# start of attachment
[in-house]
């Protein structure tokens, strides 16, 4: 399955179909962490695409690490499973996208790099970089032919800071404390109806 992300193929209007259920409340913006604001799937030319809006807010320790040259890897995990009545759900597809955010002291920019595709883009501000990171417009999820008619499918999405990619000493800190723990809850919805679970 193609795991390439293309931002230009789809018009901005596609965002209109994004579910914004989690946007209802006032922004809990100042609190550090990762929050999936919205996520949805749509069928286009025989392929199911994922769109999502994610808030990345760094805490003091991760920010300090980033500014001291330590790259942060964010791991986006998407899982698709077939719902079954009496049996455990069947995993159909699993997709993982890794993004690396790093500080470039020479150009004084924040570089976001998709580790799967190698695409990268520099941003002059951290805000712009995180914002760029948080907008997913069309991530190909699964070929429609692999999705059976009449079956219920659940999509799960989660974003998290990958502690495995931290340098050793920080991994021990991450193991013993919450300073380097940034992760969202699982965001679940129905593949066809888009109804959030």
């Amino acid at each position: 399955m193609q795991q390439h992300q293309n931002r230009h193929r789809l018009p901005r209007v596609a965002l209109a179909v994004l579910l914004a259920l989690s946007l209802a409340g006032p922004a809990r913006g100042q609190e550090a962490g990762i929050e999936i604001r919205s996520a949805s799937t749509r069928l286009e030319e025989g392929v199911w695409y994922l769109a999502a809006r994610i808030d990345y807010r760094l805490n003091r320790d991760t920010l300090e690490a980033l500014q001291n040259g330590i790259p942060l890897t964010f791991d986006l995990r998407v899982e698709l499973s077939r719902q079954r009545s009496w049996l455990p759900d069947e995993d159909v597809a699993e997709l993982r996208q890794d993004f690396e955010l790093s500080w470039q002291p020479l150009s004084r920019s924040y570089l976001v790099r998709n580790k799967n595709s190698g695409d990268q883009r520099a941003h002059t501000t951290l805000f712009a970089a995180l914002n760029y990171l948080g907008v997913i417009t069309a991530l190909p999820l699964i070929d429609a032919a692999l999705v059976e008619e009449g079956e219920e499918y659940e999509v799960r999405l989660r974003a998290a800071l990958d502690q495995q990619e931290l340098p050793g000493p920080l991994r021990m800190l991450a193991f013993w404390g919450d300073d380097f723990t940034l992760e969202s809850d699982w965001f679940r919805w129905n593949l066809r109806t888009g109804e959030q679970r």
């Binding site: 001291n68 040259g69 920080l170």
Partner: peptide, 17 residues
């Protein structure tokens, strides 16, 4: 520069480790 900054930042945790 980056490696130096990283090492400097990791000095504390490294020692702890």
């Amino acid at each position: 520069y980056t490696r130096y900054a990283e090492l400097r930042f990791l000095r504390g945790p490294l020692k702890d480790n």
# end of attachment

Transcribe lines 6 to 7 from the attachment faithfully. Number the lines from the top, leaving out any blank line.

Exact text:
């Protein structure tokens, strides 16, 4: 520069480790 900054930042945790 980056490696130096990283090492400097990791000095504390490294020692702890």
């Amino acid at each position: 520069y980056t490696r130096y900054a990283e090492l400097r930042f990791l000095r504390g945790p490294l020692k702890d480790n």